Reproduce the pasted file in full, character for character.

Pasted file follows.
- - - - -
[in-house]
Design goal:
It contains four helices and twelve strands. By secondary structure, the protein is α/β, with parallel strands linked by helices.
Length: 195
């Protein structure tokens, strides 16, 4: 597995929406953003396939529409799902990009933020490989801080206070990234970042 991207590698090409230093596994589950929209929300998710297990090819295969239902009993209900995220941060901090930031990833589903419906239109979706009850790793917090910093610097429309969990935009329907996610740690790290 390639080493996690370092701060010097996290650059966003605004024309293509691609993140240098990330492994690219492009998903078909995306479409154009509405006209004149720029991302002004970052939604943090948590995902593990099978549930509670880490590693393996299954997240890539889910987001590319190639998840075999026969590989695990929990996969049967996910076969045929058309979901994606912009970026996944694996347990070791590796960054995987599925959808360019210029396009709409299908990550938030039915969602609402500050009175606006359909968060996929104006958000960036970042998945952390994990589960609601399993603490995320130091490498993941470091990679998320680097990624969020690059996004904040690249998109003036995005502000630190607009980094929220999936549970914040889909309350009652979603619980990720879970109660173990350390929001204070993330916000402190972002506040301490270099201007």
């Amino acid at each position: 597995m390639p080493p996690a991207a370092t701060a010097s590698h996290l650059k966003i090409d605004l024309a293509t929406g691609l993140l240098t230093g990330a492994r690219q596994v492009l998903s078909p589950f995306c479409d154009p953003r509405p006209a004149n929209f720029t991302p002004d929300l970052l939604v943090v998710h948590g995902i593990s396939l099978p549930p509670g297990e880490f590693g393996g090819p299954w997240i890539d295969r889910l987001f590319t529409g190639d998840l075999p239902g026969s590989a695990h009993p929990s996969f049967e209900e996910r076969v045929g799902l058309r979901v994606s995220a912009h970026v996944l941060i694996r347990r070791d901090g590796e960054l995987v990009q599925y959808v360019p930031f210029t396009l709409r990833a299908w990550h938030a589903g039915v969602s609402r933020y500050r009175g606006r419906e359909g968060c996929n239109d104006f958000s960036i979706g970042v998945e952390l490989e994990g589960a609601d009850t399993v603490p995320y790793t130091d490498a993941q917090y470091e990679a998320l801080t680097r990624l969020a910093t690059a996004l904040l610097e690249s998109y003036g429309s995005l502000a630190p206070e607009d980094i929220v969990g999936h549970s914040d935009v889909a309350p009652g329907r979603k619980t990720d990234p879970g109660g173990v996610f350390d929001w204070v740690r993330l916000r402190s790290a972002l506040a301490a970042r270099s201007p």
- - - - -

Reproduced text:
[in-house]
Design goal:
It contains four helices and twelve strands. By secondary structure, the protein is α/β, with parallel strands linked by helices.
Length: 195
């Protein structure tokens, strides 16, 4: 597995929406953003396939529409799902990009933020490989801080206070990234970042 991207590698090409230093596994589950929209929300998710297990090819295969239902009993209900995220941060901090930031990833589903419906239109979706009850790793917090910093610097429309969990935009329907996610740690790290 390639080493996690370092701060010097996290650059966003605004024309293509691609993140240098990330492994690219492009998903078909995306479409154009509405006209004149720029991302002004970052939604943090948590995902593990099978549930509670880490590693393996299954997240890539889910987001590319190639998840075999026969590989695990929990996969049967996910076969045929058309979901994606912009970026996944694996347990070791590796960054995987599925959808360019210029396009709409299908990550938030039915969602609402500050009175606006359909968060996929104006958000960036970042998945952390994990589960609601399993603490995320130091490498993941470091990679998320680097990624969020690059996004904040690249998109003036995005502000630190607009980094929220999936549970914040889909309350009652979603619980990720879970109660173990350390929001204070993330916000402190972002506040301490270099201007």
């Amino acid at each position: 597995m390639p080493p996690a991207a370092t701060a010097s590698h996290l650059k966003i090409d605004l024309a293509t929406g691609l993140l240098t230093g990330a492994r690219q596994v492009l998903s078909p589950f995306c479409d154009p953003r509405p006209a004149n929209f720029t991302p002004d929300l970052l939604v943090v998710h948590g995902i593990s396939l099978p549930p509670g297990e880490f590693g393996g090819p299954w997240i890539d295969r889910l987001f590319t529409g190639d998840l075999p239902g026969s590989a695990h009993p929990s996969f049967e209900e996910r076969v045929g799902l058309r979901v994606s995220a912009h970026v996944l941060i694996r347990r070791d901090g590796e960054l995987v990009q599925y959808v360019p930031f210029t396009l709409r990833a299908w990550h938030a589903g039915v969602s609402r933020y500050r009175g606006r419906e359909g968060c996929n239109d104006f958000s960036i979706g970042v998945e952390l490989e994990g589960a609601d009850t399993v603490p995320y790793t130091d490498a993941q917090y470091e990679a998320l801080t680097r990624l969020a910093t690059a996004l904040l610097e690249s998109y003036g429309s995005l502000a630190p206070e607009d980094i929220v969990g999936h549970s914040d935009v889909a309350p009652g329907r979603k619980t990720d990234p879970g109660g173990v996610f350390d929001w204070v740690r993330l916000r402190s790290a972002l506040a301490a970042r270099s201007p």